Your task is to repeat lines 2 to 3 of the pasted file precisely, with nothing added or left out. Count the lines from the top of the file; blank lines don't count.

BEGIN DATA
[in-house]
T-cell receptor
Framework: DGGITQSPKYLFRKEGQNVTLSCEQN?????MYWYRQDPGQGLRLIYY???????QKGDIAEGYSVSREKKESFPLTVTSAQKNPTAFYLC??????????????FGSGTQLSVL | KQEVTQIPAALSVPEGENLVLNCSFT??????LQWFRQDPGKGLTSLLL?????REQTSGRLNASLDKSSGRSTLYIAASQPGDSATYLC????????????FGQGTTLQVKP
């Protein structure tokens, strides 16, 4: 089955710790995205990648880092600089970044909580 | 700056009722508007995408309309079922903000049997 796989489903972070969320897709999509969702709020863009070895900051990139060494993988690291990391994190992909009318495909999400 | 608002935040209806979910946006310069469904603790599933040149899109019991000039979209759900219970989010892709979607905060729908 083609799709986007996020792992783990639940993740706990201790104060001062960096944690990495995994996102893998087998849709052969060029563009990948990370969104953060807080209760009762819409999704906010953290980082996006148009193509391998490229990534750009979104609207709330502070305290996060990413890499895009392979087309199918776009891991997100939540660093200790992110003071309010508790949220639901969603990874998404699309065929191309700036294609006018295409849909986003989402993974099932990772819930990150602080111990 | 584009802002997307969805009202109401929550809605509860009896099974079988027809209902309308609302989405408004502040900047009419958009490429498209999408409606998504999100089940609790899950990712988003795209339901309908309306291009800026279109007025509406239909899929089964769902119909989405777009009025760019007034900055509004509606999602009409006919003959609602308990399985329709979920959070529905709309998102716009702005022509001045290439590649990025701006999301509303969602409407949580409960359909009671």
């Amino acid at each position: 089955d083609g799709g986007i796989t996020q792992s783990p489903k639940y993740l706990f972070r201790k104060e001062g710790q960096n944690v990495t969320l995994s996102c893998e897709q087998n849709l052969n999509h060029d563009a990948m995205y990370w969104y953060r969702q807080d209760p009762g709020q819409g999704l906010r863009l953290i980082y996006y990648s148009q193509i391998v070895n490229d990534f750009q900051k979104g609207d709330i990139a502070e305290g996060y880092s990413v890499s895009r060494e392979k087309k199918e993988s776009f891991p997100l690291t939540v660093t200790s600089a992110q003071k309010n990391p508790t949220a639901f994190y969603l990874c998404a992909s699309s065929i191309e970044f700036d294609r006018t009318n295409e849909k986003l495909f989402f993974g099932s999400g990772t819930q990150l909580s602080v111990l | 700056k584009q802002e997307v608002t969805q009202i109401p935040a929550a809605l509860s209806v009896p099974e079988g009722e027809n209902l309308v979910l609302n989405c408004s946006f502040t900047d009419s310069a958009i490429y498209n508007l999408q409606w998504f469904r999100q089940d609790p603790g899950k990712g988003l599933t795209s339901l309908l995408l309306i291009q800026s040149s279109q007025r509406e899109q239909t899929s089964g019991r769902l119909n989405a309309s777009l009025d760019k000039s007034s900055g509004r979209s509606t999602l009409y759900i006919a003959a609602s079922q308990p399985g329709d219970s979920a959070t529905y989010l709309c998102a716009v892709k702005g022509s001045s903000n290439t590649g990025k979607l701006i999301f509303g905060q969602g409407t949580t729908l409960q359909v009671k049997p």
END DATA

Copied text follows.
T-cell receptor
Framework: DGGITQSPKYLFRKEGQNVTLSCEQN?????MYWYRQDPGQGLRLIYY???????QKGDIAEGYSVSREKKESFPLTVTSAQKNPTAFYLC??????????????FGSGTQLSVL | KQEVTQIPAALSVPEGENLVLNCSFT??????LQWFRQDPGKGLTSLLL?????REQTSGRLNASLDKSSGRSTLYIAASQPGDSATYLC????????????FGQGTTLQVKP